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Go Wild at Ybor City’s Guavaween

Published by Gisele Lewis

Country: United States

The Experience

Ybor (rhymes with “Igor”) City has long reigned as Tampa Bay’s music destination spot. By day, tourists visit its Cuban-American monuments and eclectic restaurants. By night, the neighborhood provides a variety of music venues and bars for every species of party animal. In late October, Ybor City’s Guavaween music festival takes the notion of the alcohol-infused street party to new heights.

Ybor City is often likened to New Orleans’ French Quarter due to its venerable two-storey buildings faced with every type of brick, as well as its freewheeling spirit; unlike Louisiana’s Mardi Gras, however, Guavaween fuses music with American Halloween. The festival salutes the commercial boom in the 1880s ignited by a guava tree entrepreneur and architect, Gavino Gutierrez. Although he failed to find guavas in Tampa, he persuaded his friend, Don Vincente Martinez-Ybor, to relocate his prosperous cigar making business there, thus transforming a sandy rural town into a thriving metropolis. Guavaween began in the 1970s as a parade where floats carried “Mama Guava” and other public figures through the streets, while the drunken, costumed public stumbled alongside. The event has evolved into an international music festival, hosting 20,000 revelers in 2011.

Last year, I brought my children to the “Family Fun Fest” portion of Guavaween, which lasts from 9 am to 3 pm. Traditional Halloween trick-or-treating, story time and a costume contest in the Centro Ybor building entertained kids of all ages. The atmosphere was safe and fun.

At the “adult” portion of Guavaween beginning at 3 pm, I joined masqueraders crowding 7th Avenue and dancing to music that poured out of surrounding bars. The euphoria was irresistible. In 2012, a pub crawl will spotlight live bands, both local and national, in many of these venues. The costume contest, held on a stage erected for the event (usually on the south side of 7th Avenue and 18th Street), ends the formal activities around 3 am, but only begins the night for many. This year, drinking will be prohibited in the street to minimize the wild behavior that has tarnished Guavaween’s reputation. Along with street drinking, the cover charge for general attendance has been scrapped this year, which is great news to many.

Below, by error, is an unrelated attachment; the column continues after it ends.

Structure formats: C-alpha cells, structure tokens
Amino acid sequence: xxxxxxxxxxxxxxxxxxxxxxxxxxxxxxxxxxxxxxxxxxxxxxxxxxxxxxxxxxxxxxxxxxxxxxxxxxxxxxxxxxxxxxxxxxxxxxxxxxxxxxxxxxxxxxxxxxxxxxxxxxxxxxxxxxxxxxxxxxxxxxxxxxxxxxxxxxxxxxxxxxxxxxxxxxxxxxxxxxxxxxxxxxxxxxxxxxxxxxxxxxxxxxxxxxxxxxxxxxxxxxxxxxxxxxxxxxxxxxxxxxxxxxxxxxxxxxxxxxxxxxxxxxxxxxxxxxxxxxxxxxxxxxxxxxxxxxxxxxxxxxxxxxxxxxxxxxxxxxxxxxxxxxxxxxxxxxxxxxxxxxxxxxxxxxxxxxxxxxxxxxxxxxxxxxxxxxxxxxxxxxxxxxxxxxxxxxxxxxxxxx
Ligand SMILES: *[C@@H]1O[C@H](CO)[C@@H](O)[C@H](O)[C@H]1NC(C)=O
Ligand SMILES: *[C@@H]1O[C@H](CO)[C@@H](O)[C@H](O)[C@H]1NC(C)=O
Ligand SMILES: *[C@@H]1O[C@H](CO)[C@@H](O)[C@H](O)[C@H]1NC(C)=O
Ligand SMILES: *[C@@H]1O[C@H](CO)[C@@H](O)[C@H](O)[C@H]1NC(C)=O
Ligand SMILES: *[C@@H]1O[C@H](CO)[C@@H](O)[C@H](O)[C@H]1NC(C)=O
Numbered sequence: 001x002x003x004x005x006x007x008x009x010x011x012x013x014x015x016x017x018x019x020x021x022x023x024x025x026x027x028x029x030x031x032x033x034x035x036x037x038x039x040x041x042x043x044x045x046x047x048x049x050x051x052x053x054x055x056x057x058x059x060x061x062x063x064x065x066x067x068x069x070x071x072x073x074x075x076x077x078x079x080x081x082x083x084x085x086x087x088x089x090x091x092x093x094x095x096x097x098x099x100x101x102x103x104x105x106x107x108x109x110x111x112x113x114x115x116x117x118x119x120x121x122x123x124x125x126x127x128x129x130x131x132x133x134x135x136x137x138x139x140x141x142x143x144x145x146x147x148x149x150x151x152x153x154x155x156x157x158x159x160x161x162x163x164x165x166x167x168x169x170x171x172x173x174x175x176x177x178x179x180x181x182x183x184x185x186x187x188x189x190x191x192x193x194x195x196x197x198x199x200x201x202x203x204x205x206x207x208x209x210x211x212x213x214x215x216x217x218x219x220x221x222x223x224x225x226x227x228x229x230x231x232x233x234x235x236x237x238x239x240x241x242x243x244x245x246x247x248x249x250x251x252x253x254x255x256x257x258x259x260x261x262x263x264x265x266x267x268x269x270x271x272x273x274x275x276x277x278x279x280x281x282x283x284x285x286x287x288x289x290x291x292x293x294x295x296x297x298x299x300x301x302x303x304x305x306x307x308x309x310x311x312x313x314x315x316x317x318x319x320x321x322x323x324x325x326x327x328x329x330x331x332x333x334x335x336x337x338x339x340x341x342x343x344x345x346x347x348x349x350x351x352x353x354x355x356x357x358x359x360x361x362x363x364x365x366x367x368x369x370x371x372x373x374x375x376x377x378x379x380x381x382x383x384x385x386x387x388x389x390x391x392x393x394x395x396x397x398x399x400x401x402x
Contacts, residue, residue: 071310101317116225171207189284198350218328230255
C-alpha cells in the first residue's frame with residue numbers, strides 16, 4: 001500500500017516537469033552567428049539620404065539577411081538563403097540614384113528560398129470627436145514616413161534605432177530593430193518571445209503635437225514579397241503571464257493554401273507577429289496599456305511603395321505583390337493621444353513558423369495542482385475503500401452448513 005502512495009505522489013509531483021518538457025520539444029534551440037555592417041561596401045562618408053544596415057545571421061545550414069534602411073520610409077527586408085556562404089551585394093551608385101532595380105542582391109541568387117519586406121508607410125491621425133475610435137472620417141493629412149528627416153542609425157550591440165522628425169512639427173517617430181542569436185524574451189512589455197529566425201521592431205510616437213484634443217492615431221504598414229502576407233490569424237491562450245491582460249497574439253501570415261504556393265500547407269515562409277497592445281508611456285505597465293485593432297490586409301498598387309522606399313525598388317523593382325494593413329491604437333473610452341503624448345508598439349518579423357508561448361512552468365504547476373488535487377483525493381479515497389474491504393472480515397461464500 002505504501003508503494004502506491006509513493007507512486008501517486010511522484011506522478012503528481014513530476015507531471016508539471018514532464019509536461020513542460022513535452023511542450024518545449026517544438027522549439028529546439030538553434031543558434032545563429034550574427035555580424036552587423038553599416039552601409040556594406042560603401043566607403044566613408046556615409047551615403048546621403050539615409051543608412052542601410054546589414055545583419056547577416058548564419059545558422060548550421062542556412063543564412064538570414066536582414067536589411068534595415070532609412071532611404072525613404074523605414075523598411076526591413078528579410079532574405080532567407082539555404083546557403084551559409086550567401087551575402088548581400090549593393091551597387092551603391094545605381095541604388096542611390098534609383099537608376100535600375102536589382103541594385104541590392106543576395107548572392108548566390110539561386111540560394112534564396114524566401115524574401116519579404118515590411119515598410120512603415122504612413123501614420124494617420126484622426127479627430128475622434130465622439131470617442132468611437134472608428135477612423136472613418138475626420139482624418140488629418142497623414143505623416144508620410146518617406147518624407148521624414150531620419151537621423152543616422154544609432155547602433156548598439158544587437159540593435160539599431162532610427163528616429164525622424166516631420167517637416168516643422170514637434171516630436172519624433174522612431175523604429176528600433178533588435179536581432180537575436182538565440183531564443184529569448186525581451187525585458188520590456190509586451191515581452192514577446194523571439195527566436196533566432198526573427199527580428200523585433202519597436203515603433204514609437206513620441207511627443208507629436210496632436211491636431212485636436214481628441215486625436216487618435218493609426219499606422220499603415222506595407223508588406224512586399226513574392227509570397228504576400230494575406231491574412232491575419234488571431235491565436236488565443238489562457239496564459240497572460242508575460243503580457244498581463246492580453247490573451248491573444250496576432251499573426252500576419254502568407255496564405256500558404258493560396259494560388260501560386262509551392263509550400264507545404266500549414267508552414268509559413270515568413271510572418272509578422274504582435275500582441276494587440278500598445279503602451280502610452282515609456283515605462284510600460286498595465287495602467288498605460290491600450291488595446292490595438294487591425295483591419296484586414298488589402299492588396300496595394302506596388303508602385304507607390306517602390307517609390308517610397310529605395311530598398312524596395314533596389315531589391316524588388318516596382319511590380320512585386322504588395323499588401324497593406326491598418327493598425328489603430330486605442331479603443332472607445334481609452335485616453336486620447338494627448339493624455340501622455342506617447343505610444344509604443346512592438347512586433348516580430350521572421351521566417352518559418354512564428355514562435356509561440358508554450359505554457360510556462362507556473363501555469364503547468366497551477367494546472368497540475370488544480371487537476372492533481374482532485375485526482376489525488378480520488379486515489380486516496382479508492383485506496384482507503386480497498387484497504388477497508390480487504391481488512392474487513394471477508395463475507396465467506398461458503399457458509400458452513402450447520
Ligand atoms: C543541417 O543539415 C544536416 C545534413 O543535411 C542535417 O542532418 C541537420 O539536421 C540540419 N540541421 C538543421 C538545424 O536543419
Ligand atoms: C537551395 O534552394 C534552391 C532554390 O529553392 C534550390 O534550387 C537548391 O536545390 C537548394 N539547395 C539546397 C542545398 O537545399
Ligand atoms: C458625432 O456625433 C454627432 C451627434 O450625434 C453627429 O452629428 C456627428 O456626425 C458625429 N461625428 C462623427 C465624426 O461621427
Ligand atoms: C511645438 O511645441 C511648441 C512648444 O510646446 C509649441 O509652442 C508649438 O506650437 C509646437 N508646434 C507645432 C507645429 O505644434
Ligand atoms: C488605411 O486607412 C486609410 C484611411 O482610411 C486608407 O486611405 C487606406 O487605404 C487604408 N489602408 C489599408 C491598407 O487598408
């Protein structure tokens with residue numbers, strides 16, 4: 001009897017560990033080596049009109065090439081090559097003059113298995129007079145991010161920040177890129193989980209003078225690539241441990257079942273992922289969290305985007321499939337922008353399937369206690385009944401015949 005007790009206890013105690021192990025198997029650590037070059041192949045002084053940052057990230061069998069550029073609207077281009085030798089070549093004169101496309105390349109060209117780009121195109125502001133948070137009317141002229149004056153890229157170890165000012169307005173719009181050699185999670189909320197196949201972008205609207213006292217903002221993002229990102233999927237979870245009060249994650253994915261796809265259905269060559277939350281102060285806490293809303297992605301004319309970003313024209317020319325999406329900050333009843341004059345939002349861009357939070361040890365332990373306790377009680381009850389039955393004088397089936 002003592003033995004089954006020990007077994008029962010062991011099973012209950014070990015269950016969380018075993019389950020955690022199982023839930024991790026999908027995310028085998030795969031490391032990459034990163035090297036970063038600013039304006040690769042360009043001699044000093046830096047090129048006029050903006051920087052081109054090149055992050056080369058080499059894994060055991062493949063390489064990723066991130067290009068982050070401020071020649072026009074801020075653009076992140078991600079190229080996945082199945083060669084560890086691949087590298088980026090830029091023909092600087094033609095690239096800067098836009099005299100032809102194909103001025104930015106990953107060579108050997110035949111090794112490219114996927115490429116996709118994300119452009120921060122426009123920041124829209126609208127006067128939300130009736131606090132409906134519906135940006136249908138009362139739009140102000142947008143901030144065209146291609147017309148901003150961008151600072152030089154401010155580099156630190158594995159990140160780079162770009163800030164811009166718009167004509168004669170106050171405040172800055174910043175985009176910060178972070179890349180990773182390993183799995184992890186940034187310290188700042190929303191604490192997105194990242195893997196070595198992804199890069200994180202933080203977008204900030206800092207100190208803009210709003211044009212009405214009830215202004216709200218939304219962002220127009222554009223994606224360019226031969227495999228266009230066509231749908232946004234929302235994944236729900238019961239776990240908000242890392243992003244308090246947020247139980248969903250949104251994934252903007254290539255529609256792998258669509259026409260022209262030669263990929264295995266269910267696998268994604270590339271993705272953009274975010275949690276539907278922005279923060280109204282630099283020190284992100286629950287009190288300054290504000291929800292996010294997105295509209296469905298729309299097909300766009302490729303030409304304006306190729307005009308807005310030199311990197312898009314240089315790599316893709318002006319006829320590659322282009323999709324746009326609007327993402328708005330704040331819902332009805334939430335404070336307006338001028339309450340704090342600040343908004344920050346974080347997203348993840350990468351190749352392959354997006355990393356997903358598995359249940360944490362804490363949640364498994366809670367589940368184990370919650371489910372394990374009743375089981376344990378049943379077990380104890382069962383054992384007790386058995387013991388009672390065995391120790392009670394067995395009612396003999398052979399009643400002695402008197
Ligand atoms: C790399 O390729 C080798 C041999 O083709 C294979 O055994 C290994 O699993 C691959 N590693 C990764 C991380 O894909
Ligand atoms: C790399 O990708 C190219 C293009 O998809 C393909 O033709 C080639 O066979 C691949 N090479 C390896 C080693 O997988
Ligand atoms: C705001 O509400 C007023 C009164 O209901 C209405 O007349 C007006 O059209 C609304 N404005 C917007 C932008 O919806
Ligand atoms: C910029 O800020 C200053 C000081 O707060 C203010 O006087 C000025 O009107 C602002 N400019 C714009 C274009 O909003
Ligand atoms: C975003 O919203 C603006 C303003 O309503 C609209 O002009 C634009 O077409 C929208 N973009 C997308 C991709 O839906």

The surrounding Tampa and St. Petersburg neighborhoods offer more traditional entertainment such as fine art museums, Busch Gardens amusement park and plenty of historical sites. Flights to Tampa are frequent and non-stop from many major North American cities and hotels in Tampa cater to the needs of tourists.

Guavaween, and Ybor City in general, is not for the intolerant or introverted. On the contrary, it is the best place to travel for the veteran party-goer. On a regular Sunday stroll, I have shared the sidewalk with a drag queen promoting a club, motorcycle gang members lingering outside a bar, white collar investment types puffing on hand-rolled cigars, high school girls dressed in cocktail attire, Goth couples preparing for a concert and homeless men asking for change. It’s a lively scene that makes for ideal people watching, all set against a background of hookah bars and tattoo parlors. Guavaween celebrates this diverse, brilliant cultural neighborhood and keeps an extraordinary tradition alive.

When to Go to Guavaween Ybor City

October is the best time of the year to visit Tampa Bay because the weather is finally reasonable and Halloween-oriented activities, such as Busch Gardens’ haunted rides, are popular. Guavaween traditionally takes place the Saturday before Halloween. In 2012, it will occur on October 27, beginning at 9 am and ending officially at 3 am.

Many believe that Guavaween will not continue in its current street party format much longer. In fact, 2012 marks the first year that a parade will not be the centerpiece of the festivities, creating much controversy among businesses and community members. Therefore, the sooner you attend Guavaween, the more likely you are to experience the atmosphere that has made it famous.

Odds n' Ends

Parking can be extremely difficult in Ybor City during Guavaween. Shuttle buses run from Florida State Fairgrounds, Raymond James Stadium, Tampa Port Authority, and University of South Florida Sun Dome. Hotels in these neighborhoods are less expensive, although often less glamorous.

This is an adult party and is best attended with a companion.

Although the general cover charge has been eliminated this year, some music venues may require a cover fee.

Registration for the costume contest is recommended in advance, although participants can register before 9 pm at the event itself.

A little more than half of the party-goers wear costumes, so don’t be afraid to go in regular clothes, as well.

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